Vatican Puts Priests on Trial Over Alleged Abuse Within Its Walls

October 14, 2020 

ROME — One priest accused of sexually abusing an altar boy in a prominent Vatican City seminary and another accused of covering it up went before the Vatican’s criminal tribunal on Wednesday, the first trial in the city-state over sexual abuse said to have occurred within its walls.

The charges date from 2007 and 2012 and center on allegations of abuse at the St. Pius X youth seminary, a residence for boys — typically between 12 and 18 — who are thinking of becoming priests. Students in the seminary often serve as altar boys in St. Peter’s Basilica, sometimes during papal Masses.

The priest accused of abuse, the Rev. Gabriele Martinelli, was 17 at the time of the initial alleged assault and was a senior altar boy at the seminary. The victim was 16. In 2017, Father Martinelli was ordained as a priest in Como, Italy.

Father Martinelli is accused of forcing the victim — who has been publicly identified only by his initials — through threats and violence to “submit to carnal relations, acts of sodomy, and masturbation” on a number of occasions in Vatican City, according to the charges read by a court clerk on Wednesday.

The Rev. Enrico Radice, who was the rector of the seminary at the time, has been accused of aiding and abetting the abuse. He lied to Vatican investigators, telling them in 2018 that he had no knowledge of abuse at the seminary, statements that hampered the investigation, according to the charges read by the clerk.

Both defendants were present in court on Wednesday for the procedural hearing, which lasted just eight minutes before the trial was adjourned until later this month, when both men are expected to take the stand. Neither defendant has responded publicly to the accusations, and lawyers for the defendants did not respond to requests for comment.

Reports of the crimes first emerged in Italian news outlets in 2017, but the two priests were not indicted until 2019. The reports relied primarily on the accounts of Kamil Jarzembowski, the victim’s roommate, who said he witnessed the abuse and who was subsequently kicked out of the seminary. He said he first reported the abuse to the church authorities in 2012.

The charges read in court on Wednesday suggested the abuse had been known about since at least 2013, when Father Radice wrote a letter to a bishop rebutting the victim’s accusations against Father Martinelli.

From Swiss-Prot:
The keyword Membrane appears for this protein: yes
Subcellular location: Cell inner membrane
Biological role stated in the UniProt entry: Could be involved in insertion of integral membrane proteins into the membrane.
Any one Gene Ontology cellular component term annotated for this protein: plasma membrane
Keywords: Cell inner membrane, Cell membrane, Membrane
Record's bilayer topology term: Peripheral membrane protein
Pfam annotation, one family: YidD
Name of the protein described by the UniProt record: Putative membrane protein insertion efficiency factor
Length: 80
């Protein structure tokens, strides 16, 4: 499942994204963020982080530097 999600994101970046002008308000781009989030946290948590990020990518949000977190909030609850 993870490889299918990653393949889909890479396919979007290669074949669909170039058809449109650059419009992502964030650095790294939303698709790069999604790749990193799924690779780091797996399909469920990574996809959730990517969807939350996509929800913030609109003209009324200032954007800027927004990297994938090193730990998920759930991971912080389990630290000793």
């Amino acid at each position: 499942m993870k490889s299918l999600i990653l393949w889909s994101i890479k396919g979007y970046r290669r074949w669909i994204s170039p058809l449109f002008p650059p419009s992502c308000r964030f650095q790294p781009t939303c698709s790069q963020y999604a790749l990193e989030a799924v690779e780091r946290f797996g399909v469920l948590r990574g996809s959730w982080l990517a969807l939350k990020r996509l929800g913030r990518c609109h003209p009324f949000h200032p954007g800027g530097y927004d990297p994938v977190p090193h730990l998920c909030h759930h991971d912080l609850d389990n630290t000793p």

The Vatican City seminary is run by a religious association based in Como, a city in northern Italy. Soon after the 2019 indictment, the diocese of Como issued a statement saying that the accusations against Father Martinelli were brought to officials’ attention in 2013, but that the religious authorities tasked with investigating the allegations had found them to be groundless.

In 2017, after the reports of abuse emerged in the Italian media, the Vatican asked the diocese to carry out a fresh investigation. The diocese did not make its findings public, but sent the Vatican a report. The 2019 statement from the diocese of Como also noted that both Father Martinelli and Father Radice had been “limited in the exercise of the ministry and suspended from carrying out pastoral activities involving minors and vulnerable adults.”

ImagePope Francis at a penitential liturgy in 2019, which followed a summit with senior church leaders on preventing clergy sex abuse.
Pope Francis at a penitential liturgy in 2019, which followed a summit with senior church leaders on preventing clergy sex abuse.Credit...Pool photo by Vincenzo Pinto

The scourge of sexual abuse has roiled the Roman Catholic Church for decades, and thousands of cases of assault and subsequent cover-ups have sprung up across the world. While Pope Francis has pledged “zero tolerance” for offenders, holding an unprecedented meeting with bishops on protecting minors and issuing various instructions and laws, including one to specifically hold Vatican City offenders accountable, critics say that the measures don’t go far enough.

While the Vatican is criminally prosecuting a sexual abuse crime that took place within the city walls for the first time, it has criminally prosecuted prelates accused of sexual crimes elsewhere.

In 2014, the Vatican placed Archbishop Jozef Wesolowski, who had been accused of sexually abusing boys he met on the street while serving as the Vatican’s ambassador in the Dominican Republic, under house arrest. Father Wesolowski died in 2015, shortly after his trial began.

In 2018, a Vatican tribunal sentenced a former Vatican diplomat to five years in prison and a fine of about $5,800 for possessing and distributing child pornography.

Although Father Martinelli and Father Radice are now facing trial, advocates for victims’ rights have accused the Vatican of acting only after news reports had revealed the abuse allegations.

“This is coming to trial now, but the first accusations were made in 2012,” said Francesco Zanardi, the president of Italy’s first support group for victims of sexual abuse. “It’s a farce.”

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